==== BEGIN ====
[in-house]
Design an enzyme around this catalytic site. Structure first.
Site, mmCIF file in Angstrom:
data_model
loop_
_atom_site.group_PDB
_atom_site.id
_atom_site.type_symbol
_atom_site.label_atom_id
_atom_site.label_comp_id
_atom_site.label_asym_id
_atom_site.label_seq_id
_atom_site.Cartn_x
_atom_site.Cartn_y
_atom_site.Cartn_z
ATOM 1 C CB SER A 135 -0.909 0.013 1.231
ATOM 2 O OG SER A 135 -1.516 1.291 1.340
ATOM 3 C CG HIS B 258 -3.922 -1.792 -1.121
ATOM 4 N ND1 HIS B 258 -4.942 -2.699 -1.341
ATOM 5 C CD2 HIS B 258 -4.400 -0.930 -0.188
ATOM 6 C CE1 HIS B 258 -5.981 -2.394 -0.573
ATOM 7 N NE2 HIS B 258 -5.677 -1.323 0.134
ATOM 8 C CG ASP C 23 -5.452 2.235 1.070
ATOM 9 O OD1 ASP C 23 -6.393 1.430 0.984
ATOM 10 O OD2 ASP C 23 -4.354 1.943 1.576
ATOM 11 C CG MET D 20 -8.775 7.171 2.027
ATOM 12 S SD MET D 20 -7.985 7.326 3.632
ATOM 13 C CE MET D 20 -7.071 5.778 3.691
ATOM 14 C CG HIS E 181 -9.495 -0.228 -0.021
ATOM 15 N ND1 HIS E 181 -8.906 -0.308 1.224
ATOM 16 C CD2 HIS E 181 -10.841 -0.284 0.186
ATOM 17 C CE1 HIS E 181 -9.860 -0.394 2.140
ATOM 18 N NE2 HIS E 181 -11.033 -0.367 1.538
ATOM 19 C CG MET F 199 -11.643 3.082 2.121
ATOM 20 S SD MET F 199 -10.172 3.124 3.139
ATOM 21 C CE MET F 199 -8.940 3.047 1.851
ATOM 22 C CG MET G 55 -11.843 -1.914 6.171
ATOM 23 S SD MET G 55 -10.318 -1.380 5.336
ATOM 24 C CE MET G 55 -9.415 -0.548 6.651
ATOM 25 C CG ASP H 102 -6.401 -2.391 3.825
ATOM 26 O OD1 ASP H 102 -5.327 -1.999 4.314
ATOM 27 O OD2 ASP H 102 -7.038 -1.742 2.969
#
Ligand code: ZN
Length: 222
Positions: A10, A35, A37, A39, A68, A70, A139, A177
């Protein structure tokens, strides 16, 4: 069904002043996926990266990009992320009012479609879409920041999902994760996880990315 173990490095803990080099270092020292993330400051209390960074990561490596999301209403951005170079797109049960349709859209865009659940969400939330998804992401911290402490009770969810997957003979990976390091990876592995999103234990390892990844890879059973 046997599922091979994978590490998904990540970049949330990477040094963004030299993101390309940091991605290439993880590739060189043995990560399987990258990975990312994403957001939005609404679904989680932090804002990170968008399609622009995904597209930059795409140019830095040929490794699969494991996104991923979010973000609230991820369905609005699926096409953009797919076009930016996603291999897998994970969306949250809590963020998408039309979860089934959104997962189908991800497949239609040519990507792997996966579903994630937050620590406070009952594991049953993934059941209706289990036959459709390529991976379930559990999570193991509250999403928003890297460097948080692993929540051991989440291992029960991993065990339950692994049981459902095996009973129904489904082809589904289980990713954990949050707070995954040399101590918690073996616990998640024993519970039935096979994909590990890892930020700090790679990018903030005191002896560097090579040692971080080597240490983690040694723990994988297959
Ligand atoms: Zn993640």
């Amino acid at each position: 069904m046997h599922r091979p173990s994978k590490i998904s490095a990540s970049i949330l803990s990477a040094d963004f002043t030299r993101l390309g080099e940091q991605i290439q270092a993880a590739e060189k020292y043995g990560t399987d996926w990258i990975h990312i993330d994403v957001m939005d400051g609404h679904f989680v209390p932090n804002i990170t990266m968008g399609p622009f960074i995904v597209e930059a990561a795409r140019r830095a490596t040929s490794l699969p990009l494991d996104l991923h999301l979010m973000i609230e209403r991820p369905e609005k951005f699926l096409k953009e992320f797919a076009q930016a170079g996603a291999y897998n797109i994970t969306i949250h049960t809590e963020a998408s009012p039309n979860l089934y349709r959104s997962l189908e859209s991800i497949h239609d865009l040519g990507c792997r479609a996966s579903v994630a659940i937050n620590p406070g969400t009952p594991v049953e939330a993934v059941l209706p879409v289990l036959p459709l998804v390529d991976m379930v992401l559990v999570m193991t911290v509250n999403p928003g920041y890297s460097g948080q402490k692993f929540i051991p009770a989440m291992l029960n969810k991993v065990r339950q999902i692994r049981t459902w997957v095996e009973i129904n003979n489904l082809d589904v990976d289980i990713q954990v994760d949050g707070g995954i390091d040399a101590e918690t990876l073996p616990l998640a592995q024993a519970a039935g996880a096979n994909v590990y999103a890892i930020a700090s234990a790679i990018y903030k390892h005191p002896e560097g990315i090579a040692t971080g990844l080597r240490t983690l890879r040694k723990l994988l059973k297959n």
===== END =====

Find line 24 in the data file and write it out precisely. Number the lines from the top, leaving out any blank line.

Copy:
ATOM 9 O OD1 ASP C 23 -6.393 1.430 0.984